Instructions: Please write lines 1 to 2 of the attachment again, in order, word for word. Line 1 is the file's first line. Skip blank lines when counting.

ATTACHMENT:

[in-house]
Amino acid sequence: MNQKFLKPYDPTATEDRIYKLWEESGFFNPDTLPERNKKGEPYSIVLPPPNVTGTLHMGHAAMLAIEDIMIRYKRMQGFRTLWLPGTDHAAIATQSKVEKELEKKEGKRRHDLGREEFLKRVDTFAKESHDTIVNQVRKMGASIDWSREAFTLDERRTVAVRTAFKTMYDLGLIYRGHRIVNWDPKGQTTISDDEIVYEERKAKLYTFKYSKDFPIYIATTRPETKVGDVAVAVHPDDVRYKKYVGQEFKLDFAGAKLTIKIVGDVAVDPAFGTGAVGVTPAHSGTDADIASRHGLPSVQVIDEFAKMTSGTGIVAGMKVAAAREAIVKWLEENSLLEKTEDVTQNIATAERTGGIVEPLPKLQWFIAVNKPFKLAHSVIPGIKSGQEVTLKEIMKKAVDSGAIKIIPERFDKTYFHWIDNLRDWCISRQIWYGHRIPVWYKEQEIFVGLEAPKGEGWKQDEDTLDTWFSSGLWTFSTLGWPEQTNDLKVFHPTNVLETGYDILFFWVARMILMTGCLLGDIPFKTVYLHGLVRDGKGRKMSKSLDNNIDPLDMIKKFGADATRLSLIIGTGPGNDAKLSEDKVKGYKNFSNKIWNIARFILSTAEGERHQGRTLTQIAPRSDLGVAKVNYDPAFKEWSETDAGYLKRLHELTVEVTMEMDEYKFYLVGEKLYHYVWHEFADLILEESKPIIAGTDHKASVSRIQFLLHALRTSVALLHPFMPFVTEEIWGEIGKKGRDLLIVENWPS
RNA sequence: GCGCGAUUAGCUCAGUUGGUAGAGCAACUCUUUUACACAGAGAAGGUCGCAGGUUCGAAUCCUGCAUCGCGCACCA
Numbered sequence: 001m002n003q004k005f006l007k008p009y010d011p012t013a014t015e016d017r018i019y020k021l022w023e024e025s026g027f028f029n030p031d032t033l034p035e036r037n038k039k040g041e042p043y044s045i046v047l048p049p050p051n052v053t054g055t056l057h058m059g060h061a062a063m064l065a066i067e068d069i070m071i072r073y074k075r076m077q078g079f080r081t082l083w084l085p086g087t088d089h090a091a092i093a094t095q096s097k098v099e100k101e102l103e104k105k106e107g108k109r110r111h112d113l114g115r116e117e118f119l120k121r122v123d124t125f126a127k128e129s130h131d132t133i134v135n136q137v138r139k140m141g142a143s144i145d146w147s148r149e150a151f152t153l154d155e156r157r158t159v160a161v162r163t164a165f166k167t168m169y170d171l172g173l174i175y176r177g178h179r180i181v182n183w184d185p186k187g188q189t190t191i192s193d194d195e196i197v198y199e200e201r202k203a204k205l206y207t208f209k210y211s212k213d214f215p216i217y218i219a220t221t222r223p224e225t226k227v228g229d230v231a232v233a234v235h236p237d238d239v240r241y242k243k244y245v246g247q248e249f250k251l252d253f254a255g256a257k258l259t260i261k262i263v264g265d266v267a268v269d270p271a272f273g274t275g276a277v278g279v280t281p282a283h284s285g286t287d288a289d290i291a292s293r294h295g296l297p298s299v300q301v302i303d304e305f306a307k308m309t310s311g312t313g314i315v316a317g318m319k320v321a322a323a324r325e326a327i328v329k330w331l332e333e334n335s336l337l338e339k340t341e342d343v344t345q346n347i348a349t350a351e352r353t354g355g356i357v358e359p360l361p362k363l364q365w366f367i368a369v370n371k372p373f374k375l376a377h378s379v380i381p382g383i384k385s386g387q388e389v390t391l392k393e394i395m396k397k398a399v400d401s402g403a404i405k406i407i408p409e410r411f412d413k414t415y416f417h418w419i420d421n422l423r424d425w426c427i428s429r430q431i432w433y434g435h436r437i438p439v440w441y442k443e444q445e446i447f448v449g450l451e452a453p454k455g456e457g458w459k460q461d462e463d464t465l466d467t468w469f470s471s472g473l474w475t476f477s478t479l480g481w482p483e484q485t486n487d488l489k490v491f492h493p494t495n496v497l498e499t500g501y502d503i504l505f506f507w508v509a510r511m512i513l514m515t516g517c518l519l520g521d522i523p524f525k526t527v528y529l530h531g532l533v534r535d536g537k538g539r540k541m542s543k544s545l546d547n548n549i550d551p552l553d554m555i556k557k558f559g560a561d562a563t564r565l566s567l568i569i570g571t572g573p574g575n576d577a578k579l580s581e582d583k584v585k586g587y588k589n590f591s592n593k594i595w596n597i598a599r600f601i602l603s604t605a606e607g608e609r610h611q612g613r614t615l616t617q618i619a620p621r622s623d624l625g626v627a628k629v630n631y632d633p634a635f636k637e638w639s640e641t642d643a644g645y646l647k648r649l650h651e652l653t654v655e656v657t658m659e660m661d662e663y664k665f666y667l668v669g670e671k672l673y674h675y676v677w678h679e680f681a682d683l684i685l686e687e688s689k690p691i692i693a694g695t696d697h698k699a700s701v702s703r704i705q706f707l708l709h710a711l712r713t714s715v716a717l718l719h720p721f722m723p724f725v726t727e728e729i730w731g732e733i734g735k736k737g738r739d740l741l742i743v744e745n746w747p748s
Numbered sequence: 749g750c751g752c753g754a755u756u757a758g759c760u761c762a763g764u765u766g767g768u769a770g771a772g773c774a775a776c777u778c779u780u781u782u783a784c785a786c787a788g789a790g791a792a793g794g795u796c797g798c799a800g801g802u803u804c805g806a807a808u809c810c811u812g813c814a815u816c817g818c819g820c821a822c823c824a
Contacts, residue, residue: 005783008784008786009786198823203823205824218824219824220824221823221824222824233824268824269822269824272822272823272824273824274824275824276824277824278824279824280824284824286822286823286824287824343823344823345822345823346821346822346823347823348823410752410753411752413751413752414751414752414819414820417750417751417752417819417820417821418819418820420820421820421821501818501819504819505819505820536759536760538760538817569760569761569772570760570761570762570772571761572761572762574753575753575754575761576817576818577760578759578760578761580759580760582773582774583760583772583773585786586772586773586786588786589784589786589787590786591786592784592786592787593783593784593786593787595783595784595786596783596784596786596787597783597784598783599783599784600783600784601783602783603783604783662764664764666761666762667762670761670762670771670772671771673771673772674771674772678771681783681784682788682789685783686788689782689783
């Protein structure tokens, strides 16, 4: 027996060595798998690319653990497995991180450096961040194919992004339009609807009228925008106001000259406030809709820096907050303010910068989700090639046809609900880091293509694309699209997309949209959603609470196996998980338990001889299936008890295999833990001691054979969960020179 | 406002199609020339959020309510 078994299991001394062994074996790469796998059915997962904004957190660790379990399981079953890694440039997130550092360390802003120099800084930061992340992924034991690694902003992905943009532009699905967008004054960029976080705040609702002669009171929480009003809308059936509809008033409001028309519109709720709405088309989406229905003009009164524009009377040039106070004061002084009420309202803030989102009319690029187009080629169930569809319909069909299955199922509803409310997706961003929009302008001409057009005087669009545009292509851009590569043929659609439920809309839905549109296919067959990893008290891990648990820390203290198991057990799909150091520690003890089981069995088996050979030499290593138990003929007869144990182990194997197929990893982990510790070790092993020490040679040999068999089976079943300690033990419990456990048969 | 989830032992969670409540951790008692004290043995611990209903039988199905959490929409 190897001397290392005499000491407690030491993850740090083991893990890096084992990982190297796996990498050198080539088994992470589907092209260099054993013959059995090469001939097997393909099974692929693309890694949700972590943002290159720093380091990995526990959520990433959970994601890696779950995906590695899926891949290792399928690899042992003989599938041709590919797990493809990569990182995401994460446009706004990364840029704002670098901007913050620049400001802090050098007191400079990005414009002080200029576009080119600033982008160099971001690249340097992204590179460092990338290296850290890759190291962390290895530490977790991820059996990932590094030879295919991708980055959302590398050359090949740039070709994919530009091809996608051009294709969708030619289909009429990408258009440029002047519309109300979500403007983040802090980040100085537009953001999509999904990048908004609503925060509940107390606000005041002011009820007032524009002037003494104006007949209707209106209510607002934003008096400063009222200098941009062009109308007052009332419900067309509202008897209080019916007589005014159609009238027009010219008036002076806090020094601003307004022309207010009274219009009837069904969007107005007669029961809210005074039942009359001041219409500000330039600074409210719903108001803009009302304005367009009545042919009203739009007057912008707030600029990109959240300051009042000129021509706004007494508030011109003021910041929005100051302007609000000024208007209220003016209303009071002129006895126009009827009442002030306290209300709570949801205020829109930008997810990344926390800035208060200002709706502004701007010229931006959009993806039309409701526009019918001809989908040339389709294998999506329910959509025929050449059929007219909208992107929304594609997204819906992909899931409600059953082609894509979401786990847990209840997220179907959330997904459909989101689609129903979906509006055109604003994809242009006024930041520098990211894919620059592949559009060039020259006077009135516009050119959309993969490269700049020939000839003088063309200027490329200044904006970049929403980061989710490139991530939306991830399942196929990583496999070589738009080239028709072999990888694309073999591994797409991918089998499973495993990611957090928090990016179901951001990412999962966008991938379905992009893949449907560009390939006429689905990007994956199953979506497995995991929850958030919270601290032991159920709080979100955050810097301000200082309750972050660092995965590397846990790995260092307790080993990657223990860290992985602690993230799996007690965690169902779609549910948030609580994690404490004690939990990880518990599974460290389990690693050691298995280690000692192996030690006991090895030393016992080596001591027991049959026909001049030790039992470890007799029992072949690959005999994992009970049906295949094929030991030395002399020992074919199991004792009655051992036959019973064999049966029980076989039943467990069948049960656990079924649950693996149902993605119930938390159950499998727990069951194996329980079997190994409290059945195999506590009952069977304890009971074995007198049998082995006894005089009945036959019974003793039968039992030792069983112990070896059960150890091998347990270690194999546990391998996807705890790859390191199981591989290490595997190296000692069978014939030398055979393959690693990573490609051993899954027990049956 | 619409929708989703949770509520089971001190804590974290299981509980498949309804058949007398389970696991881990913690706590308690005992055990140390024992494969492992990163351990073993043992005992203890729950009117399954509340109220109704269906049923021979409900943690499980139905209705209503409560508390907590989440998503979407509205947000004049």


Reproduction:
[in-house]
Amino acid sequence: MNQKFLKPYDPTATEDRIYKLWEESGFFNPDTLPERNKKGEPYSIVLPPPNVTGTLHMGHAAMLAIEDIMIRYKRMQGFRTLWLPGTDHAAIATQSKVEKELEKKEGKRRHDLGREEFLKRVDTFAKESHDTIVNQVRKMGASIDWSREAFTLDERRTVAVRTAFKTMYDLGLIYRGHRIVNWDPKGQTTISDDEIVYEERKAKLYTFKYSKDFPIYIATTRPETKVGDVAVAVHPDDVRYKKYVGQEFKLDFAGAKLTIKIVGDVAVDPAFGTGAVGVTPAHSGTDADIASRHGLPSVQVIDEFAKMTSGTGIVAGMKVAAAREAIVKWLEENSLLEKTEDVTQNIATAERTGGIVEPLPKLQWFIAVNKPFKLAHSVIPGIKSGQEVTLKEIMKKAVDSGAIKIIPERFDKTYFHWIDNLRDWCISRQIWYGHRIPVWYKEQEIFVGLEAPKGEGWKQDEDTLDTWFSSGLWTFSTLGWPEQTNDLKVFHPTNVLETGYDILFFWVARMILMTGCLLGDIPFKTVYLHGLVRDGKGRKMSKSLDNNIDPLDMIKKFGADATRLSLIIGTGPGNDAKLSEDKVKGYKNFSNKIWNIARFILSTAEGERHQGRTLTQIAPRSDLGVAKVNYDPAFKEWSETDAGYLKRLHELTVEVTMEMDEYKFYLVGEKLYHYVWHEFADLILEESKPIIAGTDHKASVSRIQFLLHALRTSVALLHPFMPFVTEEIWGEIGKKGRDLLIVENWPS